A two-edged sword
The Muslim Brotherhood may have won the presidential elections but they have lost any legislative clout, Gamal Essam El-Din
On 14 June the Supreme Constitutional Court (SCC) ruled the election law that resulted in Egypt's first Islamist-dominated People's Assembly unconstitutional. It based its judgement on the discriminatory nature of regulations that not only reserved two thirds of seats for part-list candidates, but also allowed party affiliated candidates to compete in the remaining third of seats that were theoretically the preserve of independents.
Article 3 of the election law, said the SCC, is incompatible with articles 5 and 28 of the Constitutional Declaration, issued in March 2011, which state that all candidates must enjoy equal rights when contesting parliamentary elections. It added that, "the election law gave an unfair advantage to party-based candidates at the expense of independents and violated the principle of equality."
Constitutional law experts mostly agree with the SCC's conclusion that the People's Assembly must now be dissolved. The SCC noted that while the five-month-old assembly must be disbanded, any legislation it passed would remain in force unless it, too, was judged unconstitutional.
The SCC's ruling should have come as no surprise, says Al-Ahram political analyst Amr Hashem Rabie. It was the Muslim Brotherhood, he points out, that in the face of opposition from secular parties exerted pressure on the ruling Supreme Council of the Armed Forces (SCAF) to begin the process of democratic transition by holding parliamentary elections before a new constitution was in place. The Brotherhood then pressed SCAF to scrap its draft law, which reserved 50 per cent of seats for independents and 50 per cent for party-based candidates, in favour of a two thirds allocation of seats for party-based candidates. "Legal experts immediately warned that such an arrangement was unconstitutional, yet the Brotherhood continued pressing its demands and SCAF not only responded, but agreed that the Brotherhood's Freedom and Justice Party (FJP), along with other parties, be allowed to field candidates in independent seats."
Yet rather than concede that the dissolution of parliament came as a result of its own domineering tactics, the Brotherhood insists the SCC's judgement is politicised.
"The Brotherhood's position is unlikely to convince the many Egyptians who now see that its tactics differ little, if at all, from Mubarak's now disbanded NDP," says analyst Hassan Abu Taleb. "The Brotherhood exerted pressure to ensure the election laws served its interests. They resulted in a Brotherhood-dominated parliament that within months confirmed people's impression that the Islamists were as bad as the NDP, their appetite for power as voracious, their willingness to secure it by tailoring unconstitutional laws to serve their needs as glib."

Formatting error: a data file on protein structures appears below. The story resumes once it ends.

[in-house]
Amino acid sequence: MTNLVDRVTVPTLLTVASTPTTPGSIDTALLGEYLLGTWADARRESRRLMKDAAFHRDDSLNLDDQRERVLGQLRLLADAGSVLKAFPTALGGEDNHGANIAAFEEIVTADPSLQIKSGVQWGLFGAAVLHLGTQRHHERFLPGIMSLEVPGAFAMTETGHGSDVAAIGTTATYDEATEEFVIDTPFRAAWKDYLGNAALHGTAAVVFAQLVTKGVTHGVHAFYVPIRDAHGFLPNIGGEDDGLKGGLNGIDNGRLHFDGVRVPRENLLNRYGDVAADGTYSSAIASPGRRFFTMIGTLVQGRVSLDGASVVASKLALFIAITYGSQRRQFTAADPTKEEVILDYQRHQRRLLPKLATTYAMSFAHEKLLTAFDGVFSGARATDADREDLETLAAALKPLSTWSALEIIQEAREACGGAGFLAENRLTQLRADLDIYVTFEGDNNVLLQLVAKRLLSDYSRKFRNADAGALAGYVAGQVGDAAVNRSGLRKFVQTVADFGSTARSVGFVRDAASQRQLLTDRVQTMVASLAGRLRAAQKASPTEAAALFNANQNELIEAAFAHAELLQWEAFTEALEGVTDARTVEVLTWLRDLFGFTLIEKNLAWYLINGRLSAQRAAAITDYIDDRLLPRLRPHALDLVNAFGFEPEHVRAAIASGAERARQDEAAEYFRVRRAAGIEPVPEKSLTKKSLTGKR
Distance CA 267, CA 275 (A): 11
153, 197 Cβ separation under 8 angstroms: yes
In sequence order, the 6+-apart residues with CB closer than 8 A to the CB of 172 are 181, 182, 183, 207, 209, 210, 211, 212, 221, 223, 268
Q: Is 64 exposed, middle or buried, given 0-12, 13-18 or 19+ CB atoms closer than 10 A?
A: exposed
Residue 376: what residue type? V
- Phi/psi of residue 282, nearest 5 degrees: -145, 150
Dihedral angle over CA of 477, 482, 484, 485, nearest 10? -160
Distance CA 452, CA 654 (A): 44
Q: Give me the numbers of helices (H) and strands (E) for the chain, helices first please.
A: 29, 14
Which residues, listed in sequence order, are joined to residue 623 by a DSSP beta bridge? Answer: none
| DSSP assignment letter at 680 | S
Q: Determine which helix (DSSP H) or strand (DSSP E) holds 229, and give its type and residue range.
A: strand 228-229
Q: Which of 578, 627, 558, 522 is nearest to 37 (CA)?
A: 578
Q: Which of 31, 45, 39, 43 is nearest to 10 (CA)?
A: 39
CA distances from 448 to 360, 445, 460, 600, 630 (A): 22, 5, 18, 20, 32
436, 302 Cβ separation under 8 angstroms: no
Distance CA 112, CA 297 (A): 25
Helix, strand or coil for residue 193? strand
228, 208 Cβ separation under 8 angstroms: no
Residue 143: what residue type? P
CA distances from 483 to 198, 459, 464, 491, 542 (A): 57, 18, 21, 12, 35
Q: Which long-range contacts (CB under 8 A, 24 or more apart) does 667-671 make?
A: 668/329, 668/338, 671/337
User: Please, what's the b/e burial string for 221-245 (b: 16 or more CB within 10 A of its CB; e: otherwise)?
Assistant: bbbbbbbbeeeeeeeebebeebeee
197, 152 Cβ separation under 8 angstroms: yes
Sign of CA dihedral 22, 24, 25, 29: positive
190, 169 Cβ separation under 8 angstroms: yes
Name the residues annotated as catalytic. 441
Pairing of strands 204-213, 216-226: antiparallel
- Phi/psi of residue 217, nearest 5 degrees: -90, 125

Parliamentary elections should never have been permitted without a new constitution in place, says Abu Taleb. Now that the People's Assembly has been dissolved Abu Taleb argues the "Islamists will no longer be able to impose their religious agenda on the constitution even if their candidate, Mohamed Mursi, is declared president".
"The Brotherhood lost the bulk of its influence after parliament was dissolved. If Mursi is elected he will be a lame-duck president."
On Friday the secretariat-general of the People's Assembly received an official letter from SCAF saying MPs were no longer allowed to enter the People's Assembly. On Monday Mahmoud El-Khodeiri, chairman of the dissolved parliament's legislative affairs committee, and his deputy Mohamed El-Omda, were prevented from entering the building. They said they had been instructed by the speaker of the dissolved parliament, Saad El-Katatni, to review the SCC's orders.
On Sunday El-Katatni argued neither the SCC nor SCAF had the authority to dissolve "a freely elected parliament".
The People's Assembly was due to discuss the 2012/2013 budget on Tuesday. "Now," says Abu Taleb, "it is up to SCAF, currently Egypt's main legislative authority, to ratify government plans."
The fate of the Shura Council -- the upper consultative house -- remains in the balance. "The law which brought about the dissolution of the People's Assembly could also hit the Shura Council," says Abu Taleb. "If any lawyer decided to file an appeal before the administrative court demanding the Shura Council be dissolved the court would accept it and refer it to the SCC."
The Shura Council is a largely toothless body. It does, however, retain ultimate authority over the state-owned media.